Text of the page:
Magic for Everybody!

When I discovered the character called Auralia – that mischievous, compulsively creative young girl who weaves together all of the colors she can find in the dark forest – I was reminded of many friends and inspirations who live lives of constant imaginative endeavor.

One of those artists was Sam Phillips, who has been writing beautiful and compelling songs characterized by raw honesty, suggestive poetry, and sonic fireworks. With her new subscribers-only website The Long Play, she’s been providing a window into her creative process, and now I think of her as a real-world Auralia more than ever. Not only do we get a window into her creative process, but we’re treated to poetic blog entries, visual art (like playful, spontaneous collage), audio interviews with other creative geniuses (like Joe Henry and Colin Linden), and even something called “Drum Fill of the Week.”

This week, Sam released a brand new EP for subscribers, and it contains fantastic new songs… songs that show she’s not just (to borrow a title from one of her earlier albums) standing still. She’s blazing new trails, painting with new colors.

I hope you’ll join me in the enthusiastic community of Sam’s fans at The Long Play and enjoy the music on Magic for Everybody. The title track has a singalong quality to it that should make it a favorite at upcoming concerts, and it comes as a sweeping uplift after the Twin Peaks-style haunting of a sad and beautiful number called “Always Merry and Bright.” There’s also a brand new version of a tune she originally wrote for TV’s Gilmore Girls soundtrack, and an irresistible rock number called “Lever Pulled Down” that features sharp percussion by Jay Bellerose.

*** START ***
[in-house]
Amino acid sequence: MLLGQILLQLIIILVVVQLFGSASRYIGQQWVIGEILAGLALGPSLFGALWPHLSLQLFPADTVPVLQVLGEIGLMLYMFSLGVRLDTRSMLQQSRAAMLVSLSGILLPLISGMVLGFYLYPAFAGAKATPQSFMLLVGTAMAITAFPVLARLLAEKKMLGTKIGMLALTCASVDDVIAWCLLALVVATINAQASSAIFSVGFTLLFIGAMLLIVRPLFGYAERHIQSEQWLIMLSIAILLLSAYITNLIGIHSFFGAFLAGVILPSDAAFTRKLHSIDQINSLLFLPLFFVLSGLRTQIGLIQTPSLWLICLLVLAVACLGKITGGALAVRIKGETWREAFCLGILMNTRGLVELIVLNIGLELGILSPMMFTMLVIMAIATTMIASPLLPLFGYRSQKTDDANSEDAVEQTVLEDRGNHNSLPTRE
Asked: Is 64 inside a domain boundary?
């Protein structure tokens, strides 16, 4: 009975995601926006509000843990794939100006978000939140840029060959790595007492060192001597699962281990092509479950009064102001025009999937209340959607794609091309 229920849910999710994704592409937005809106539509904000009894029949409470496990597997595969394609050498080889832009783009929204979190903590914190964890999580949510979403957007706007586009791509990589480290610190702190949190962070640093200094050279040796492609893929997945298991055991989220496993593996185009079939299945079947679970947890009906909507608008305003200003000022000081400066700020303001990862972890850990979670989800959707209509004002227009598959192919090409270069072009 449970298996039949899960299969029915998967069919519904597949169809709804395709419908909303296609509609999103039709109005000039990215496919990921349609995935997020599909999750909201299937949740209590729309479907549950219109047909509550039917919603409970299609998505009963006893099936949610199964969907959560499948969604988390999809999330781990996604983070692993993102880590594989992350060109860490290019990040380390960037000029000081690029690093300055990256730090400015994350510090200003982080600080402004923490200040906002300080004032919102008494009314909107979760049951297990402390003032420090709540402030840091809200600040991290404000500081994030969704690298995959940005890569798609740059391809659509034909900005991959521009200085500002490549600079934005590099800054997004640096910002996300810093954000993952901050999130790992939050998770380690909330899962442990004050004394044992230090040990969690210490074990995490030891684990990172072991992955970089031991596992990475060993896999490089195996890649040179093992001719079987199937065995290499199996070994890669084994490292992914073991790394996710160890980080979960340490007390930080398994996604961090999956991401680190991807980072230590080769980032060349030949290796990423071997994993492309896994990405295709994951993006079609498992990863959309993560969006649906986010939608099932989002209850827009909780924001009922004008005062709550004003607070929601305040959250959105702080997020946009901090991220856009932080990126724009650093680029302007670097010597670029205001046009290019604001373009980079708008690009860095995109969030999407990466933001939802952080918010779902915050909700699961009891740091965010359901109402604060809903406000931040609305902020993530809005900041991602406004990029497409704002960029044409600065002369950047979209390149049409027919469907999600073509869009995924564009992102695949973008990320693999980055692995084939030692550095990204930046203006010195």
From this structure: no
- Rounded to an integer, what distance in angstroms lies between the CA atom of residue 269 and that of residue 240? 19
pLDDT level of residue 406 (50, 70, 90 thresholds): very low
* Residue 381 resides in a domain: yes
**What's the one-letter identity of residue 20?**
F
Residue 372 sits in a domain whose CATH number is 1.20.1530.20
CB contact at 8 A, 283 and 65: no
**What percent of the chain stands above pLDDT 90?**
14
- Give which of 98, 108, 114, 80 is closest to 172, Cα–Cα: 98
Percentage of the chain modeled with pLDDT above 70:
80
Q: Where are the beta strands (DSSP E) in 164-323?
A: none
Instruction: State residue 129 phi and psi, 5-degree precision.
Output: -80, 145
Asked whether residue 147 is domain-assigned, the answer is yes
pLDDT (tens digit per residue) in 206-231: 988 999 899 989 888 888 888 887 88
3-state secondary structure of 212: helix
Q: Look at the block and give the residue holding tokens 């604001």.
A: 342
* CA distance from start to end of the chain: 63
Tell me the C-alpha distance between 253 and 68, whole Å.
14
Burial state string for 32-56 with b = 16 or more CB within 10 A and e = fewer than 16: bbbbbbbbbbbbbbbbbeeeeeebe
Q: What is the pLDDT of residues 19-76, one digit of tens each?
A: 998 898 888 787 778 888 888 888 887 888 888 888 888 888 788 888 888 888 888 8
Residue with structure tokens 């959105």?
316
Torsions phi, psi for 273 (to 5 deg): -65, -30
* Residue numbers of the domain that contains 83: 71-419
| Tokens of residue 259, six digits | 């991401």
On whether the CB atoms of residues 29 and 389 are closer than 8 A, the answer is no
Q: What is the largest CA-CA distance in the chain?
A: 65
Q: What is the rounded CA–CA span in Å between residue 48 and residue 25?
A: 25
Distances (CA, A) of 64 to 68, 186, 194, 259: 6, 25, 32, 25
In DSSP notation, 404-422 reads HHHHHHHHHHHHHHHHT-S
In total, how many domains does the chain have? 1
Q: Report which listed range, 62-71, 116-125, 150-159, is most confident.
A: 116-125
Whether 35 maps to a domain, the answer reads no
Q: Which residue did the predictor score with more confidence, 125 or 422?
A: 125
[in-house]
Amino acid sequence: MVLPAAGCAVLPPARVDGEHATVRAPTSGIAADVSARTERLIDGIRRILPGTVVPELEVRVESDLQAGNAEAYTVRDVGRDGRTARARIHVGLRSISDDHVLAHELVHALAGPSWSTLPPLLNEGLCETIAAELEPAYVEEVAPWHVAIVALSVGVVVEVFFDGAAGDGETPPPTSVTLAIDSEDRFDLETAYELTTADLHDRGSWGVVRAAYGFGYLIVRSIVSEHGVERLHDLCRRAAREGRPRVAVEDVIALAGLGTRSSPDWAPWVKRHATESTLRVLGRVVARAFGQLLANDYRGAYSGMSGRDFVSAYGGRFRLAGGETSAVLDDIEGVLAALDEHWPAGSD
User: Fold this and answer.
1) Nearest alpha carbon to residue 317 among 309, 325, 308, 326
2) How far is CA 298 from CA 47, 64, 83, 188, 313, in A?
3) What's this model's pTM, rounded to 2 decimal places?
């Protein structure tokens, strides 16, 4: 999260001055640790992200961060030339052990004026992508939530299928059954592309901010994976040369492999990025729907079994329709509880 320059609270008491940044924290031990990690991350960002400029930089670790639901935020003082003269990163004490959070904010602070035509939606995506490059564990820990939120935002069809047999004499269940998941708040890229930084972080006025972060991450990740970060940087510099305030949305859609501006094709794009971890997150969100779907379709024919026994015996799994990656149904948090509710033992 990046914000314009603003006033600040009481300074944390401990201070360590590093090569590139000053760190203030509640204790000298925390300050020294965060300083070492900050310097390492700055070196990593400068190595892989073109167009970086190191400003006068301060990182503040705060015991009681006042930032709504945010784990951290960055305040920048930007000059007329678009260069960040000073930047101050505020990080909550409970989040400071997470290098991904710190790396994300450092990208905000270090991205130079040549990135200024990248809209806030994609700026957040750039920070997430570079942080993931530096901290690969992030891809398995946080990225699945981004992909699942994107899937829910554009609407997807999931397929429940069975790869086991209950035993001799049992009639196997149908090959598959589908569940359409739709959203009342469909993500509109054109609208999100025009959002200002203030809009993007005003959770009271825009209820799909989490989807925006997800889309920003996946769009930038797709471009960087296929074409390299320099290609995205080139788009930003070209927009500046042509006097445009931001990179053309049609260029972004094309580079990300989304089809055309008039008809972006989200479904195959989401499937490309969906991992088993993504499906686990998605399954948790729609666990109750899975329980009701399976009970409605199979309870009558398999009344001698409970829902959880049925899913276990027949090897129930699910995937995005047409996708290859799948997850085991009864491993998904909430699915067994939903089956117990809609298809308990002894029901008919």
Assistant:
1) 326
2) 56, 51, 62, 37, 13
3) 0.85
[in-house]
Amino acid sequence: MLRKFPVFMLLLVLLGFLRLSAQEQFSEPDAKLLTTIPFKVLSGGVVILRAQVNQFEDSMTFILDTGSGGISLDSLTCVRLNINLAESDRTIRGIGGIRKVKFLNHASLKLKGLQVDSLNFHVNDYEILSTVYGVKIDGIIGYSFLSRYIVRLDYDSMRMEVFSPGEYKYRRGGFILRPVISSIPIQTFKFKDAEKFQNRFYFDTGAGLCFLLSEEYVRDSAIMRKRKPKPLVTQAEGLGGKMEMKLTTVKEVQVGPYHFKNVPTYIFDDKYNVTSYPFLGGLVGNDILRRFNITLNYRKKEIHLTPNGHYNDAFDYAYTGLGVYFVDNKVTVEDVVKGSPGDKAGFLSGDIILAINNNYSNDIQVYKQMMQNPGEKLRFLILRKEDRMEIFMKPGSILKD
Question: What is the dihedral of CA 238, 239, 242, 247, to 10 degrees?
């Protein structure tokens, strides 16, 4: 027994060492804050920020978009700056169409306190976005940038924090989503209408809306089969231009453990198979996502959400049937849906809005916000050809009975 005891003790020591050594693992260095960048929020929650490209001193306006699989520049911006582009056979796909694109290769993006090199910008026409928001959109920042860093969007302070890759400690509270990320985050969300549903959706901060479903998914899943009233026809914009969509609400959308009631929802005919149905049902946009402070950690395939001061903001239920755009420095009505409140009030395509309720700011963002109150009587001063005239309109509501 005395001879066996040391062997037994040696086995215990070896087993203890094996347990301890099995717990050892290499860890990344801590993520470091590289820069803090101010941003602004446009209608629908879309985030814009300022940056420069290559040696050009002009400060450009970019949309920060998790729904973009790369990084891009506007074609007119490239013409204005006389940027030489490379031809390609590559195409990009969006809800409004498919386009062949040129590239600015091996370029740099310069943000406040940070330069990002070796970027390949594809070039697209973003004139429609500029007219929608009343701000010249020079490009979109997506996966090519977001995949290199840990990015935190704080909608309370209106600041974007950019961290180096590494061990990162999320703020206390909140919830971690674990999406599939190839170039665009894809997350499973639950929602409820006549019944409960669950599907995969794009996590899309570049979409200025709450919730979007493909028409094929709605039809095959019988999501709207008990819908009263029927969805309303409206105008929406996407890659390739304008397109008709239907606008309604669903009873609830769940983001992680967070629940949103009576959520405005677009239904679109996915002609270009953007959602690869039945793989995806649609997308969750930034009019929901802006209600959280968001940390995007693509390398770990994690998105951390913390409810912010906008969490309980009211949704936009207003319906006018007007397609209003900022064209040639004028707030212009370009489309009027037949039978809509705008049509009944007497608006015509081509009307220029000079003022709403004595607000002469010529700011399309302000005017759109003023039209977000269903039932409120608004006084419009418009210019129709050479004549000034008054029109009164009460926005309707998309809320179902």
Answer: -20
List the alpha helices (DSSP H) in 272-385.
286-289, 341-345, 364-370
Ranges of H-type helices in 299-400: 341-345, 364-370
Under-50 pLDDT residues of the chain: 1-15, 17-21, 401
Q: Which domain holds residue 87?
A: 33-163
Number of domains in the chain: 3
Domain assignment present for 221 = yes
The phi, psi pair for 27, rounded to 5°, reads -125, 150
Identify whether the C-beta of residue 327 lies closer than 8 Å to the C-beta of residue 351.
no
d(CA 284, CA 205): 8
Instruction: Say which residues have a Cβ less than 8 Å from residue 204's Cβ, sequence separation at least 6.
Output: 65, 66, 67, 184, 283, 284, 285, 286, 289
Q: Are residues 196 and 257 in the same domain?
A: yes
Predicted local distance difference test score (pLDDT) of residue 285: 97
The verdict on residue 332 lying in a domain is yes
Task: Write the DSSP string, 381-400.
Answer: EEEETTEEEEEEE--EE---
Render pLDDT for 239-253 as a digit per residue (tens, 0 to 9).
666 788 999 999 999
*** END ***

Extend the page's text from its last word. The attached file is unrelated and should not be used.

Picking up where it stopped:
I could go on and on, as I have so many times before when inspired by Sam’s work.

Sign up for a year of The Long Play. You won’t regret it.

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About Jeffrey Overstreet

Jeffrey Overstreet has two passions: writing fiction, and celebrating art — music, cinema, photography, literature — through writing and teaching. He is the author of a “memoir of dangerous moviegoing” — Through a Screen Darkly. And his four-novel fantasy series, The Auralia Thread, which begins with Auralia's Colors, was published by Random House. He speaks at universities and conferences around the world about understanding art through eyes of faith. He is earning his MFA in Creative Writing at Seattle Pacific University, where he has worked for 11 years as an editor, writer, and communications project manager. His work has been recognized in The New Yorker, TIME, The Seattle Times, IMAGE, Ravi Zacharias International — and Christianity Today, where he served as a film journalist for more than a decade. He recently began a weekly column called "Listening Closer" for Christ and Pop Culture.